Software Engineering

How to Build a First-party Data Strategy

It’s been a rough few years for third-party data providers. In 2018, the European Union’s General Data Protection Regulation (GDPR) gave citizens the right to withhold personal data from businesses, and a wave of privacy-protection laws and regulations followed. In 2021, Apple launched its App Tracking Transparency feature and—along with Google and Mozilla—announced it would phase out third-party browser cookies. US President Joe Biden has called for tighter online privacy controls and limits on targeted advertising.

To comply with these restrictions and preempt future ones, e-commerce merchants and retail media advertisers should obtain their data directly from customers. Curating thoughtful customer feedback loops allows product managers to collect vital first-party data. This data powers audience measurement and targeted advertising while enabling customized products and services.

However, customers are often wary of sharing sensitive personal and financial information. To build a profitable first-party data collection strategy, e-commerce product managers, marketers, and advertisers must earn consumers’ trust.

Don’t Track, Listen

Don’t stalk customers with third-party cookies. Instead, get direct and indirect feedback from outreach responses, navigation behaviors, or reviews on social media. This type of customer listening doesn’t require email addresses or other personal identifiable information, so customers can keep their anonymity as they learn to trust your judgment.

For example, with each customer site visit, a concierge chatbot could greet visitors with a specific prompt such as, “I can suggest some great birthday gift ideas. Who’s next on your list?” Then the customer can select among spouse, parent, sibling, or child. By offering to help with a specific task, the chatbot introduces the idea of a value exchange—the more information the customer shares, the easier their shopping experience. As the conversation continues, the bot can follow up with more detailed questions about the gift recipient’s age or clothing size.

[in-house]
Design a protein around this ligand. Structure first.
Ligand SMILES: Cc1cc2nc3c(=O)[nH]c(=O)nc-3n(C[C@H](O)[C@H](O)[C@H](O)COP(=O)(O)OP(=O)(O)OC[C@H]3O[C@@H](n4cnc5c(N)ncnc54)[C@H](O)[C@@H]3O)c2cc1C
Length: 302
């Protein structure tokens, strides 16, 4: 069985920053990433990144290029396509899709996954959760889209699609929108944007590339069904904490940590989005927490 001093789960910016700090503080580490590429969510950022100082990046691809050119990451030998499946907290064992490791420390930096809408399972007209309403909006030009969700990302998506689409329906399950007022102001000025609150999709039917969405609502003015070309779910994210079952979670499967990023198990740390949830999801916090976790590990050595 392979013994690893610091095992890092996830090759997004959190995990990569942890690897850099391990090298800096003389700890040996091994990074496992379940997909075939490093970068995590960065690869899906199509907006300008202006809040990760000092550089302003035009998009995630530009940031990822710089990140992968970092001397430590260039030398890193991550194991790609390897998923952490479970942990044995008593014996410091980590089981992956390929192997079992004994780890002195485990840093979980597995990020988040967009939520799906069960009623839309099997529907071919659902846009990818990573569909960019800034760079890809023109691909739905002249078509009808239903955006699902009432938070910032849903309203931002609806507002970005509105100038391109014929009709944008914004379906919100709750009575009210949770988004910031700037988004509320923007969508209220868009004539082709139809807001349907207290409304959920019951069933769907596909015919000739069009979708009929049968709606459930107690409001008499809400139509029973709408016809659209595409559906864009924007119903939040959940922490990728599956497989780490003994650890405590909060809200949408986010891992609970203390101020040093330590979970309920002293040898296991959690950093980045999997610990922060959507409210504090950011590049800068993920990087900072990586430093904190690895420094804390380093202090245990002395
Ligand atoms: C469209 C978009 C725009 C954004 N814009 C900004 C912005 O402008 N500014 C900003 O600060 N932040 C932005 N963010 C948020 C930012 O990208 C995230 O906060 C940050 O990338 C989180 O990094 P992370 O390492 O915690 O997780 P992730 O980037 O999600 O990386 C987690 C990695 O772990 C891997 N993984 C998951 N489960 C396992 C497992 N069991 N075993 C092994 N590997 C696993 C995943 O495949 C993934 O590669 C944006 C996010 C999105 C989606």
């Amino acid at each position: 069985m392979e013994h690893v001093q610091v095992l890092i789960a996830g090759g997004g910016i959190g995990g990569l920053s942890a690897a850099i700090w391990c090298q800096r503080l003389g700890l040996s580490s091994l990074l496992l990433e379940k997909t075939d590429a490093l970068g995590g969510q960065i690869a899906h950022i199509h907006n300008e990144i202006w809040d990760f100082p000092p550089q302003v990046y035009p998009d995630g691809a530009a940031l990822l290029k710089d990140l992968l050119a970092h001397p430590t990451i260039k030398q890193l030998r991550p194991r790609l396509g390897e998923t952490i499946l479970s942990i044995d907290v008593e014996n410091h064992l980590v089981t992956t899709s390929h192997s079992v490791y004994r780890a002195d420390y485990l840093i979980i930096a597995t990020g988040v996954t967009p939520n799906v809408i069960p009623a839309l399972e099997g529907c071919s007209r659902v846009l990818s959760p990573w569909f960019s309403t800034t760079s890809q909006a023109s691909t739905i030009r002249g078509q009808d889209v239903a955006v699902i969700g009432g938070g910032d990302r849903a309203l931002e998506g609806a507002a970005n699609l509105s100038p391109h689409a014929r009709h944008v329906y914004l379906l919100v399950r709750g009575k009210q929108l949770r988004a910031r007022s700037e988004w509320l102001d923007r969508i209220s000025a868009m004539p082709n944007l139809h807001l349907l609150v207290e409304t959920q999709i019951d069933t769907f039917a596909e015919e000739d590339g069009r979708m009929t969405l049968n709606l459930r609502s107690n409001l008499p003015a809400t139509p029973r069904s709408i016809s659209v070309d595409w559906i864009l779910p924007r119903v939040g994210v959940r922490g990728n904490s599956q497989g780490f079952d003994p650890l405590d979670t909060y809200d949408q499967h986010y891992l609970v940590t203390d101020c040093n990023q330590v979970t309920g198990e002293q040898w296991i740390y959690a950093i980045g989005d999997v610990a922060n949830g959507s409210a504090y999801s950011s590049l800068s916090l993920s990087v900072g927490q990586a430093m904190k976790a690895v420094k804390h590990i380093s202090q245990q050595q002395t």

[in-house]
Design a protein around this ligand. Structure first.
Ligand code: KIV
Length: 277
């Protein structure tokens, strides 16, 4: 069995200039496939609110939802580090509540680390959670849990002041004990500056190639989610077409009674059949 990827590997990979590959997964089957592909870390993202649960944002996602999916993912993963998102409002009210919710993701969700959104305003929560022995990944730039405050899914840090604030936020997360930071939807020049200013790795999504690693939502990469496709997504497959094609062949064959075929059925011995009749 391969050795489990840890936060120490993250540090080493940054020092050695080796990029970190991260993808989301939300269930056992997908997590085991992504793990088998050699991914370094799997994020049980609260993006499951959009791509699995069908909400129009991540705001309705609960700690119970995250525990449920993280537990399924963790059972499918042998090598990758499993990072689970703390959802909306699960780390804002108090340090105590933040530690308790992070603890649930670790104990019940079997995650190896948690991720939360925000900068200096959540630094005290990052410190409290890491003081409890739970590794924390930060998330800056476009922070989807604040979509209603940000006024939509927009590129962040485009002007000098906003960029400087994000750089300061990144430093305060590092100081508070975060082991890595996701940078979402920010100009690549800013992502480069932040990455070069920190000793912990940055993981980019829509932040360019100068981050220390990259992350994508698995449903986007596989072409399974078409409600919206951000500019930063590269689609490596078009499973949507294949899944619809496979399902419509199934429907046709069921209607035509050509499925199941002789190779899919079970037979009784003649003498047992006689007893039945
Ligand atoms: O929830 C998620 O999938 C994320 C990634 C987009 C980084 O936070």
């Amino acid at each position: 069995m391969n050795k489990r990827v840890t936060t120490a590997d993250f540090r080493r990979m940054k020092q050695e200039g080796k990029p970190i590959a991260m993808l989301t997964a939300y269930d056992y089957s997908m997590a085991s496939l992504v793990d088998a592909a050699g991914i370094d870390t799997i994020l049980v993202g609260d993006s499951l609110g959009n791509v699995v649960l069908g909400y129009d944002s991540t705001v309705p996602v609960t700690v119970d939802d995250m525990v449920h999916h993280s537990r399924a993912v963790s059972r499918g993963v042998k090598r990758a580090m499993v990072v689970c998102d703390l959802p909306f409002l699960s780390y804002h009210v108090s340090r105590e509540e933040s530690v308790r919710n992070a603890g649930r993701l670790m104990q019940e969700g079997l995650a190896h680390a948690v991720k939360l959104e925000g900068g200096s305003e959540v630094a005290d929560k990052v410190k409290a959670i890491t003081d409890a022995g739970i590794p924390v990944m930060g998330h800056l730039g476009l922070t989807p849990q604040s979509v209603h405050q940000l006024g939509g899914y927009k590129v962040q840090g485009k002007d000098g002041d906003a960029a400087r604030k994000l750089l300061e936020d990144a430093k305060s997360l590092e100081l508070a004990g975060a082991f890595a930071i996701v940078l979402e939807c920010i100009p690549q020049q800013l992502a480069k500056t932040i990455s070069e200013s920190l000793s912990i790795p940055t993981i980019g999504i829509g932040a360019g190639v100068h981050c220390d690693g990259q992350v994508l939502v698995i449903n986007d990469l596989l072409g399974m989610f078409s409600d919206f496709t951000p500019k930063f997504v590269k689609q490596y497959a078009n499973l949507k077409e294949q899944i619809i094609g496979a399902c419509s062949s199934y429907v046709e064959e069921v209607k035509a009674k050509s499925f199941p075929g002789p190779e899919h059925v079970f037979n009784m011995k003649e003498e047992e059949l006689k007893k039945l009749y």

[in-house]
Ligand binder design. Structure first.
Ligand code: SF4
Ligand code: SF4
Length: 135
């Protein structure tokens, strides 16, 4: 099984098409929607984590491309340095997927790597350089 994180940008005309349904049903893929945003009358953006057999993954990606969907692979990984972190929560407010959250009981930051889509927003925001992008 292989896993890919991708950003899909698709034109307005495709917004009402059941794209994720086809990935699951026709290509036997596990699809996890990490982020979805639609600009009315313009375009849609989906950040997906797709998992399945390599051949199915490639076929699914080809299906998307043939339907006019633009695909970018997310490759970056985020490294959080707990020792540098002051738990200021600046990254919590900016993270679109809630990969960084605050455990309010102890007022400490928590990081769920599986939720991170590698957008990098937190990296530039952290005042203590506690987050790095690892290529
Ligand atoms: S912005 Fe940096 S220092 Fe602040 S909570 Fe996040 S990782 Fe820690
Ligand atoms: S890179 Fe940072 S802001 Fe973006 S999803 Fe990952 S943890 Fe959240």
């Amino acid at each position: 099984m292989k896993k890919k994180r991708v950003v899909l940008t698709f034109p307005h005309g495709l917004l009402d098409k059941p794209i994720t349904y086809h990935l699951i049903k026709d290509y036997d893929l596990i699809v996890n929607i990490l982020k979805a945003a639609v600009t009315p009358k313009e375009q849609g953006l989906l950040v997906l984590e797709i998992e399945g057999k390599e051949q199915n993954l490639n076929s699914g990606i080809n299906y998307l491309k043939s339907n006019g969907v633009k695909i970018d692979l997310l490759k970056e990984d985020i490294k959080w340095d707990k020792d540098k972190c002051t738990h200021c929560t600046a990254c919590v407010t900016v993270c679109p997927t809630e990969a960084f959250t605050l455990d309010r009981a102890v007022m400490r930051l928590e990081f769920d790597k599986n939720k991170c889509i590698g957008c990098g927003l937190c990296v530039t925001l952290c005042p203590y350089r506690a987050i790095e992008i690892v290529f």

Ask for the customer’s preferred communication channel at checkout and follow up a few weeks after purchase to solicit feedback and ask if they found your suggestions helpful.

A user conversing with a chatbot about a potential real estate purchase.
Chatbots are excellent customer listening tools. Asking follow-up questions to customize the shopping experience helps brands collect better data and shows customers the value of sharing it. (Image Credit: Tidio)

Demonstrate the Value of Personalization

Your data collection strategy should be central to your brand’s value proposition rather than a necessary evil. Engaging directly with site visitors improves products, support services, and personalized marketing, which in turn enhances the customer experience.

That said, customers should know what data you are collecting, how you’ll use it, and what they stand to gain from sharing it. Brand equity—a brand’s social reputation—can take years to build and just hours to demolish with faulty products or egregious data breaches. Products that secretly track, use, and sell customer data to brokers can also erode customer trust over time.

In other words, the best data collection strategies are transparent and helpful.

For example, say it’s autumn and a user on your e-commerce site lives in a region with harsh winters. When the user performs specific trigger actions, the product manager and marketing team could deploy a customized message via a chatbot or advertisement.

In this case, the product manager has prepared a chatbot with a script that pulls from data the customer shared previously:

It’s a beautiful day in [region], but winter is around the corner. If you don’t have a cozy coat, we can suggest some [preferred size] coats in [preferred color]. Click here, and we’ll email or text you personalized suggestions.

In this example, the brand is keeping its end of the value exchange bargain: The customer has volunteered their data and, in return, receives a personalized shopping experience.